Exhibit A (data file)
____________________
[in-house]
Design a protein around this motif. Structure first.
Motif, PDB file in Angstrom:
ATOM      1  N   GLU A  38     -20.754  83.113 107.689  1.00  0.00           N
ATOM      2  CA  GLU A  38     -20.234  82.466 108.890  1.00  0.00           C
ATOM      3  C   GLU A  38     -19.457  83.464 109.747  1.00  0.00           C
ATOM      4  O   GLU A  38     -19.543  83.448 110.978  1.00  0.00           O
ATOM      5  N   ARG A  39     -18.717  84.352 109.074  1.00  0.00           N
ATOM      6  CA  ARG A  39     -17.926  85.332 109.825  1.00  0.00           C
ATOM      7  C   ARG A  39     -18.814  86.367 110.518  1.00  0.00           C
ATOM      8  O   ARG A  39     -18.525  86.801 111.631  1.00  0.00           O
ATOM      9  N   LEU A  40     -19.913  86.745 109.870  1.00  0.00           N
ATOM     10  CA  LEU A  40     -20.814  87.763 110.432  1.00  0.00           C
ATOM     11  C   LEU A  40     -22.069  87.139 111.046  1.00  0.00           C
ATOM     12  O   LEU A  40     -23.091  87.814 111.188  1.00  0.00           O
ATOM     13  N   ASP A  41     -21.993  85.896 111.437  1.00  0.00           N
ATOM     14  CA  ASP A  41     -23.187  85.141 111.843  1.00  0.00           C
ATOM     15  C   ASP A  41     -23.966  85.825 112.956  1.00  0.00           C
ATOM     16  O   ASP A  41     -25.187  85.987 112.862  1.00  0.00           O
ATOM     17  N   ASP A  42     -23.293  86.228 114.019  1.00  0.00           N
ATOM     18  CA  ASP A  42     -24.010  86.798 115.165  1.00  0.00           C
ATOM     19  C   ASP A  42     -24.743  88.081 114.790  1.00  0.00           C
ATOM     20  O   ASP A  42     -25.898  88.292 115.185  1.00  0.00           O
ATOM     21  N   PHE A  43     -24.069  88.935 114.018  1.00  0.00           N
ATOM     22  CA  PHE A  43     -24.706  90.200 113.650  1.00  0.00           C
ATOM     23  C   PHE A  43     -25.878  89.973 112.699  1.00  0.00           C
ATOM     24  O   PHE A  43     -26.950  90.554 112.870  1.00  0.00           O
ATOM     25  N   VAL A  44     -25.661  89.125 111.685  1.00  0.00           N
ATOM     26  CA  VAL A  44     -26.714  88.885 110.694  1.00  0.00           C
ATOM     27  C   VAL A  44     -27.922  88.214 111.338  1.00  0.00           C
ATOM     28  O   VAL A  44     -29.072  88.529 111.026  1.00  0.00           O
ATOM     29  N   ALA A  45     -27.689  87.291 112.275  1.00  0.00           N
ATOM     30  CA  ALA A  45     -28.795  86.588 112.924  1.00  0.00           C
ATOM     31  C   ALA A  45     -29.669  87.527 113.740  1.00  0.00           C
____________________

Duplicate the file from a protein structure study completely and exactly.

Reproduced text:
[in-house]
Design a protein around this motif. Structure first.
Motif, PDB file in Angstrom:
ATOM      1  N   GLU A  38     -20.754  83.113 107.689  1.00  0.00           N
ATOM      2  CA  GLU A  38     -20.234  82.466 108.890  1.00  0.00           C
ATOM      3  C   GLU A  38     -19.457  83.464 109.747  1.00  0.00           C
ATOM      4  O   GLU A  38     -19.543  83.448 110.978  1.00  0.00           O
ATOM      5  N   ARG A  39     -18.717  84.352 109.074  1.00  0.00           N
ATOM      6  CA  ARG A  39     -17.926  85.332 109.825  1.00  0.00           C
ATOM      7  C   ARG A  39     -18.814  86.367 110.518  1.00  0.00           C
ATOM      8  O   ARG A  39     -18.525  86.801 111.631  1.00  0.00           O
ATOM      9  N   LEU A  40     -19.913  86.745 109.870  1.00  0.00           N
ATOM     10  CA  LEU A  40     -20.814  87.763 110.432  1.00  0.00           C
ATOM     11  C   LEU A  40     -22.069  87.139 111.046  1.00  0.00           C
ATOM     12  O   LEU A  40     -23.091  87.814 111.188  1.00  0.00           O
ATOM     13  N   ASP A  41     -21.993  85.896 111.437  1.00  0.00           N
ATOM     14  CA  ASP A  41     -23.187  85.141 111.843  1.00  0.00           C
ATOM     15  C   ASP A  41     -23.966  85.825 112.956  1.00  0.00           C
ATOM     16  O   ASP A  41     -25.187  85.987 112.862  1.00  0.00           O
ATOM     17  N   ASP A  42     -23.293  86.228 114.019  1.00  0.00           N
ATOM     18  CA  ASP A  42     -24.010  86.798 115.165  1.00  0.00           C
ATOM     19  C   ASP A  42     -24.743  88.081 114.790  1.00  0.00           C
ATOM     20  O   ASP A  42     -25.898  88.292 115.185  1.00  0.00           O
ATOM     21  N   PHE A  43     -24.069  88.935 114.018  1.00  0.00           N
ATOM     22  CA  PHE A  43     -24.706  90.200 113.650  1.00  0.00           C
ATOM     23  C   PHE A  43     -25.878  89.973 112.699  1.00  0.00           C
ATOM     24  O   PHE A  43     -26.950  90.554 112.870  1.00  0.00           O
ATOM     25  N   VAL A  44     -25.661  89.125 111.685  1.00  0.00           N
ATOM     26  CA  VAL A  44     -26.714  88.885 110.694  1.00  0.00           C
ATOM     27  C   VAL A  44     -27.922  88.214 111.338  1.00  0.00           C
ATOM     28  O   VAL A  44     -29.072  88.529 111.026  1.00  0.00           O
ATOM     29  N   ALA A  45     -27.689  87.291 112.275  1.00  0.00           N
ATOM     30  CA  ALA A  45     -28.795  86.588 112.924  1.00  0.00           C
ATOM     31  C   ALA A  45     -29.669  87.527 113.740  1.00  0.00           C